Earlier in the day, Stumpf testified in front of the Senate Banking Committee about the opening of authorized accounts for customers. He apologized and said he was committed to fixing the problem.
But Vitter pointed out that Stumpf said he didn't know about the fraud until a couple of years after it occurred.
"This was widespread fraud over many years that according to his testimony today, he and the board didn't know about for several years. Something's wrong there," he said in an interview with CNBC's "Closing Bell."
At the hearing Tuesday, Sen. Elizabeth Warren called for the resignation of Stumpf. Vitter said that while he doesn't think Congress should "micromanage any business," the case certainly raises concerns about the ability for anyone to properly manage or regulate "these mega-institutions."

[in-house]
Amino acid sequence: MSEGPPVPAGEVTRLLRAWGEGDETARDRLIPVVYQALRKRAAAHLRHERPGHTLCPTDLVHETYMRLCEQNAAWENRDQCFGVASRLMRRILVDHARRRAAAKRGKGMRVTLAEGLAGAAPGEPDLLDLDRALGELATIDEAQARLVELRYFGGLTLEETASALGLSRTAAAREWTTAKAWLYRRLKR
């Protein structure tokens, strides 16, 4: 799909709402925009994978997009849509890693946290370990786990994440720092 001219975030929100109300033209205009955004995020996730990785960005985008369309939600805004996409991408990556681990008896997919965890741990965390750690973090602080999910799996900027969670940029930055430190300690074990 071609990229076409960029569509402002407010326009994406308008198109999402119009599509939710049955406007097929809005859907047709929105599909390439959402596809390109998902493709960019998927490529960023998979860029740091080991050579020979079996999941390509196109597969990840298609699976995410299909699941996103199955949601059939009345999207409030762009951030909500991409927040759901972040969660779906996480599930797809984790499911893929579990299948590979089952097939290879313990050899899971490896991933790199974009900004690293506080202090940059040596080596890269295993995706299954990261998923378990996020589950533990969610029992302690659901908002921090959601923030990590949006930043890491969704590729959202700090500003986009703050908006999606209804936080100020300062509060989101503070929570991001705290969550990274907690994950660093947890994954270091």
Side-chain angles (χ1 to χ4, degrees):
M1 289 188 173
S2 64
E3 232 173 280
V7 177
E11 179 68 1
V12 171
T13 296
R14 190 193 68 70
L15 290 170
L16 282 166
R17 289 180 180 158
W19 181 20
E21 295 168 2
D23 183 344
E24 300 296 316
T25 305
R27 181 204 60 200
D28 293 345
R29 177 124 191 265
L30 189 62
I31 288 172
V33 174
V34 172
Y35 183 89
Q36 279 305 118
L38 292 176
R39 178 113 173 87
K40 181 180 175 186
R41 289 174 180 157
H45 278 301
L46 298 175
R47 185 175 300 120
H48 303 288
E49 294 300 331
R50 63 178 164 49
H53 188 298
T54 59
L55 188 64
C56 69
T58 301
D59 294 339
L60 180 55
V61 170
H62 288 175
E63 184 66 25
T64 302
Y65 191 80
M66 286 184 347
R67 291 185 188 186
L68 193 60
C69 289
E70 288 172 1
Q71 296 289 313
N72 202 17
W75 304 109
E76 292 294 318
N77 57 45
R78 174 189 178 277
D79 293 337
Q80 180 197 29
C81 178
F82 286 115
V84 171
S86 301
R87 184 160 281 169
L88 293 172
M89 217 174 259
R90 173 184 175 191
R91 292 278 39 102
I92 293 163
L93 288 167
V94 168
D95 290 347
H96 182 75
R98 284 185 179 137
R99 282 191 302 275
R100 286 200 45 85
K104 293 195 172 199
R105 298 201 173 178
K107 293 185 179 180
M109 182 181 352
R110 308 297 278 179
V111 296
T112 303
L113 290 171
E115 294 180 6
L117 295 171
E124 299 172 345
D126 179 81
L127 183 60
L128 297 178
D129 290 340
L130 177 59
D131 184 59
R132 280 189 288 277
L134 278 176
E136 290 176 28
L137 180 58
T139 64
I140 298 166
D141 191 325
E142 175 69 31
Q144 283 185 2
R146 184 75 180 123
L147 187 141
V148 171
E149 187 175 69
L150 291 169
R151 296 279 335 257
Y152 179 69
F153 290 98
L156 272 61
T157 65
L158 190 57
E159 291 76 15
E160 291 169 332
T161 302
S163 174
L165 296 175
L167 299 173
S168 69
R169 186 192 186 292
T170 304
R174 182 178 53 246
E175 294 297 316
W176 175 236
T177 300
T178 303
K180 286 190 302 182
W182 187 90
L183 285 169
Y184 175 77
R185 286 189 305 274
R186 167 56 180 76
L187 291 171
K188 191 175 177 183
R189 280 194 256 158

"Maybe these institutions, we talk about too big to fail, they seem like they are too big to manage or too big to properly regulate also," he said. "That's a trendline in our banking industry that I think is very dangerous."
Wells Fargo was recently fined for creating accounts for customers across multiple product lines without telling them, in order to meet sales goals. All told, the bank agreed to pay $185 million in penalties and $5 million to customers. Over the course of five years, 5,300 employees were also fired.